The International Arts Consortium fosters the exchange of artists and ideas throughout the world. In fall 2016, UHCL faculty and students will collaborate with faculty and students at the University of West Bohemia when they travel to Plzen, Czech Republic, to attend and present at workshops as part of the consortium. To find out more about the Bachelor of Fine Arts degree at UHCL or the UHCL International Arts Consortium, visit http://www.uhcl.edu/hsh, email This email address is being protected from spambots. You need JavaScript enabled to view it. or call 281-283-3334.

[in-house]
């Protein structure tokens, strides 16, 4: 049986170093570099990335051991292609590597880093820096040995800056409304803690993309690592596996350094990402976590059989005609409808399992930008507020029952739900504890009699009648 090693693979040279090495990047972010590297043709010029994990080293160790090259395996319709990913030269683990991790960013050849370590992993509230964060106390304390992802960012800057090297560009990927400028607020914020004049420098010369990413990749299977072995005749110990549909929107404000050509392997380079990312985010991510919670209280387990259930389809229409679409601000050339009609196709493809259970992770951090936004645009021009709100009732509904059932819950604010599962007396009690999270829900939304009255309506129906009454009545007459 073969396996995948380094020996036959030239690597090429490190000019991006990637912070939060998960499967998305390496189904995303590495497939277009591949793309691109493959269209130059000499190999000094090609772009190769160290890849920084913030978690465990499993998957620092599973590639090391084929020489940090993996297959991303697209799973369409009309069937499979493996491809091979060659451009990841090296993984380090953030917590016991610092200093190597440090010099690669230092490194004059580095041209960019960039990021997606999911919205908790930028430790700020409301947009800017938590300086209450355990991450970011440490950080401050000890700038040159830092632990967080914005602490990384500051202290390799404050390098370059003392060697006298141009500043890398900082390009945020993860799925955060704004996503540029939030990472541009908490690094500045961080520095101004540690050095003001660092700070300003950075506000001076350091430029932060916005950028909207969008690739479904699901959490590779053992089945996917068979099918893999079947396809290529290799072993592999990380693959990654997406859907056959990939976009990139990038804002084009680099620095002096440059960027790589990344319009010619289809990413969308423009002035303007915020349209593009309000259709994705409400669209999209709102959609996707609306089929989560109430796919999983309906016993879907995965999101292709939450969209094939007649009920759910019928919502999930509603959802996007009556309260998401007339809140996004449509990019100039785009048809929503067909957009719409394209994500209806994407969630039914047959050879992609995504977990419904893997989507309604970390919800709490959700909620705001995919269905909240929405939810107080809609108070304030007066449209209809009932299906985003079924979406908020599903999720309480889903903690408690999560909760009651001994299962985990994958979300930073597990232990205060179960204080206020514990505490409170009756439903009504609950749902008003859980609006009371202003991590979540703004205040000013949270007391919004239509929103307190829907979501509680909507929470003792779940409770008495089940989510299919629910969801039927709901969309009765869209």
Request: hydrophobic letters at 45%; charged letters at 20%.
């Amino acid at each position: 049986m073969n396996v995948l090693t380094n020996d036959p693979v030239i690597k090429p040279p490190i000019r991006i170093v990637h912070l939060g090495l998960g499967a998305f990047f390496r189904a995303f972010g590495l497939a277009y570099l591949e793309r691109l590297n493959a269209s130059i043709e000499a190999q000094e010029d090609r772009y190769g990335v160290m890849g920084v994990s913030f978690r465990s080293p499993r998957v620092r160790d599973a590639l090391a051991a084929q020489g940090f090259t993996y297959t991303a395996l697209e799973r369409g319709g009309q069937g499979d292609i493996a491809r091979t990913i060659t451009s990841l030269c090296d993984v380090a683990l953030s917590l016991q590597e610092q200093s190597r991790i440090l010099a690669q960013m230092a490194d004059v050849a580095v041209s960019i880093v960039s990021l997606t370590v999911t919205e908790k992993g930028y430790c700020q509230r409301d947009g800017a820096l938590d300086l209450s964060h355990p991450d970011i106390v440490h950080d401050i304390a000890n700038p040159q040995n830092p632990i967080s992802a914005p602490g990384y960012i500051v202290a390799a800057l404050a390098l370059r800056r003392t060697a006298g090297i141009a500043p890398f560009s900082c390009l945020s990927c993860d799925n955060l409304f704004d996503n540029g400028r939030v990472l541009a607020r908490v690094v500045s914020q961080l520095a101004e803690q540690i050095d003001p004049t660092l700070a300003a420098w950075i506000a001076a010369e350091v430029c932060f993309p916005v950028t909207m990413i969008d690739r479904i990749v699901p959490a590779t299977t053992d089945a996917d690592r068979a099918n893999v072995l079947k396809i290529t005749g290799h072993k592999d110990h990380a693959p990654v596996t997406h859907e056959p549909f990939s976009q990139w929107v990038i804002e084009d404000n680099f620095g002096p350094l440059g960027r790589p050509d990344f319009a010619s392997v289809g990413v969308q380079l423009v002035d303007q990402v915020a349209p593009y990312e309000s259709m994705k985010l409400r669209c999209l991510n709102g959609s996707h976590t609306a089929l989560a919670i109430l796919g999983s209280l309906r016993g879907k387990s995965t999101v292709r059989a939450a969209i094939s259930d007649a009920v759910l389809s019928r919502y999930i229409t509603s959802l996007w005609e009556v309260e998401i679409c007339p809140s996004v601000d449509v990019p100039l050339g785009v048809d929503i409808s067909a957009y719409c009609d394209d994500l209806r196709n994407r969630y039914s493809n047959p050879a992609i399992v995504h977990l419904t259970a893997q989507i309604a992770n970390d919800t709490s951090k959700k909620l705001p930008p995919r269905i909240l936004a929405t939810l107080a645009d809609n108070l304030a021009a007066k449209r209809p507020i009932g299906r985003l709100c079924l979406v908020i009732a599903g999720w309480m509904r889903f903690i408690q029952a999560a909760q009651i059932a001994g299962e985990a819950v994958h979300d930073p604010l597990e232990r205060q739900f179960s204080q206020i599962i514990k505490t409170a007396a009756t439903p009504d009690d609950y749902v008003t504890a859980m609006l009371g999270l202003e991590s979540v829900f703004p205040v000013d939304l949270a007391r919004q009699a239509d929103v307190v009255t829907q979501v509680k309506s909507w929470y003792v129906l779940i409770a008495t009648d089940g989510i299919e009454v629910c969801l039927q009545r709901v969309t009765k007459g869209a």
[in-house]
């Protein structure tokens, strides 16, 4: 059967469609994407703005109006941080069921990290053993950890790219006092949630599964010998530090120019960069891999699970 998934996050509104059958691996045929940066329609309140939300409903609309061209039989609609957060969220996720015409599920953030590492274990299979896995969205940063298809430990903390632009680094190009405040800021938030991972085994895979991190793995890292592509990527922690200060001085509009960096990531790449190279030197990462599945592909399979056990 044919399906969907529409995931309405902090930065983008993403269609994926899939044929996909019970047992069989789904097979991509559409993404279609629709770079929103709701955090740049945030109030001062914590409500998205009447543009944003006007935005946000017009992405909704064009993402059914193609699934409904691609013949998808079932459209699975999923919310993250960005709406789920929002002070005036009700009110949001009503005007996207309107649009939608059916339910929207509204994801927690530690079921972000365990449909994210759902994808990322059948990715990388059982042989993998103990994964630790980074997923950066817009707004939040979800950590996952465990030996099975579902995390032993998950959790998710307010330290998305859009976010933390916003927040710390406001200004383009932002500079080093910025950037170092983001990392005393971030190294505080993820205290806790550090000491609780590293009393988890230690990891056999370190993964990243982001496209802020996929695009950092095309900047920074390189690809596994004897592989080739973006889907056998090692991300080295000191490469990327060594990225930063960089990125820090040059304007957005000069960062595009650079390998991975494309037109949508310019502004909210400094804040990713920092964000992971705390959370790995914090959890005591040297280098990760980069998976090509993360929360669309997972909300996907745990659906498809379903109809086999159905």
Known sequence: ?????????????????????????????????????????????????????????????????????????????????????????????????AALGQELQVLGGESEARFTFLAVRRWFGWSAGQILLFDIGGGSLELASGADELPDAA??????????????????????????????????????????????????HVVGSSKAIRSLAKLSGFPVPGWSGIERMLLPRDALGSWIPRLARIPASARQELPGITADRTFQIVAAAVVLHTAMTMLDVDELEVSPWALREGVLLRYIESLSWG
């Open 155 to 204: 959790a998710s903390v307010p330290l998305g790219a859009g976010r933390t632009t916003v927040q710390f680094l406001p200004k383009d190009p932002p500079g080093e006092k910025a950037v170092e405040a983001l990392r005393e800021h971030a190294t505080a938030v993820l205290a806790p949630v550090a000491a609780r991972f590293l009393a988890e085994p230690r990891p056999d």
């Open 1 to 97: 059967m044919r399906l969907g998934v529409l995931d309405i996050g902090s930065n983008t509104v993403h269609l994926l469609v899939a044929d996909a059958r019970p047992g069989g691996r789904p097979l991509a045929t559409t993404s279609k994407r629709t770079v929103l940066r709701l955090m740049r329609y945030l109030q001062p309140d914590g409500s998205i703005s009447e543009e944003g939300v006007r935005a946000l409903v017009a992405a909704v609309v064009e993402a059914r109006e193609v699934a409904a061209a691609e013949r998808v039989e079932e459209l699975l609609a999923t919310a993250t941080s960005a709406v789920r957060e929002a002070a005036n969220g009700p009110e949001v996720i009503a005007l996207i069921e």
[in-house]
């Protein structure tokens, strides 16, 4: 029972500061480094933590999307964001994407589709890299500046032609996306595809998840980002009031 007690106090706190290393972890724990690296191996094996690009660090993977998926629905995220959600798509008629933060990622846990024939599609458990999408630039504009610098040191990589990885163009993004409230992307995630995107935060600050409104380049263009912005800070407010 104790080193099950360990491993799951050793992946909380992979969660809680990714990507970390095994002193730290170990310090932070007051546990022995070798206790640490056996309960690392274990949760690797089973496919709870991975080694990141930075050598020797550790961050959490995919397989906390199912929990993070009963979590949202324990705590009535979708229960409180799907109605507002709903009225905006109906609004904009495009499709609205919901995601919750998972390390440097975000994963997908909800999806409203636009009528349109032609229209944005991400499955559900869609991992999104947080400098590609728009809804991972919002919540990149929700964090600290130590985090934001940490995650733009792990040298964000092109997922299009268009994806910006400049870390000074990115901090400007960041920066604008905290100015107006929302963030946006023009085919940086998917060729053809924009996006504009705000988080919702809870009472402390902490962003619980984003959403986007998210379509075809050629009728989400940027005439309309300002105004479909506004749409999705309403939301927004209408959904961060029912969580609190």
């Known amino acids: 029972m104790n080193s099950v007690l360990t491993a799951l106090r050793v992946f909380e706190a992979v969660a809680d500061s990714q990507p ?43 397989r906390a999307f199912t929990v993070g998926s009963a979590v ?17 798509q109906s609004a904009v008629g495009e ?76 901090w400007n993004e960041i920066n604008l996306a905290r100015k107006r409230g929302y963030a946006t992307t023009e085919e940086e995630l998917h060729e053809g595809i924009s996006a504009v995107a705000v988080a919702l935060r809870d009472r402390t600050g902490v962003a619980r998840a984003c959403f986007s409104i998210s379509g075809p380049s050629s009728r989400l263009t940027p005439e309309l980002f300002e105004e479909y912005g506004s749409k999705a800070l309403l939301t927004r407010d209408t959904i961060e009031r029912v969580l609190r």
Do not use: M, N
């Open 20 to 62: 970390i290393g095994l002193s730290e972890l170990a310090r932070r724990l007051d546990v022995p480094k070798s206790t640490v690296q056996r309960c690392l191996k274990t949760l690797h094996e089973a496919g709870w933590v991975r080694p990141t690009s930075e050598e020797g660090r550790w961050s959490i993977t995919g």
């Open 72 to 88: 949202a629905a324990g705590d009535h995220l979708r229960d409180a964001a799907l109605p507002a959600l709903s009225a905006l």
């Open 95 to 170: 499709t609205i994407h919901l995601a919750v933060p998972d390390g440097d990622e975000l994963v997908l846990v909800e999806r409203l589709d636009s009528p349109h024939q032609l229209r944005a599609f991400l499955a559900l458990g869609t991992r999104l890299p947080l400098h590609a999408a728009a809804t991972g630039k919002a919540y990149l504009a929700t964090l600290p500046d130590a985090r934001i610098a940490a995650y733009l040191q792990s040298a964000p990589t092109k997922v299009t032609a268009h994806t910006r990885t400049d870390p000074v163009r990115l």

Process tech program earns Texas association’s first Award of Excellence

Written by InsideDP.com staff. Posted in Schools

SJC ProcessTechThe San Jacinto College process technology program has been awarded the Texas Association of College Technical Educators (TACTE) Award of Excellence. (left to right) Kevin Adams, process technology program director; Cheryl Stewart, process technology instructor; Joseph Zwiercan, department chair of petrochemical/energy training programs; and Gregory Smith, Darryl Reeves, and Kenneth Jackson, process technology instructors. Photo credit: Jeannie Peng-Armao, San Jacinto College marketing, public relations, and government affairs department.

The process technology program at San Jacinto College has been declared as Texas’ best, capturing the very first Award of Excellence by the Texas Association of College Technical Educators (TACTE).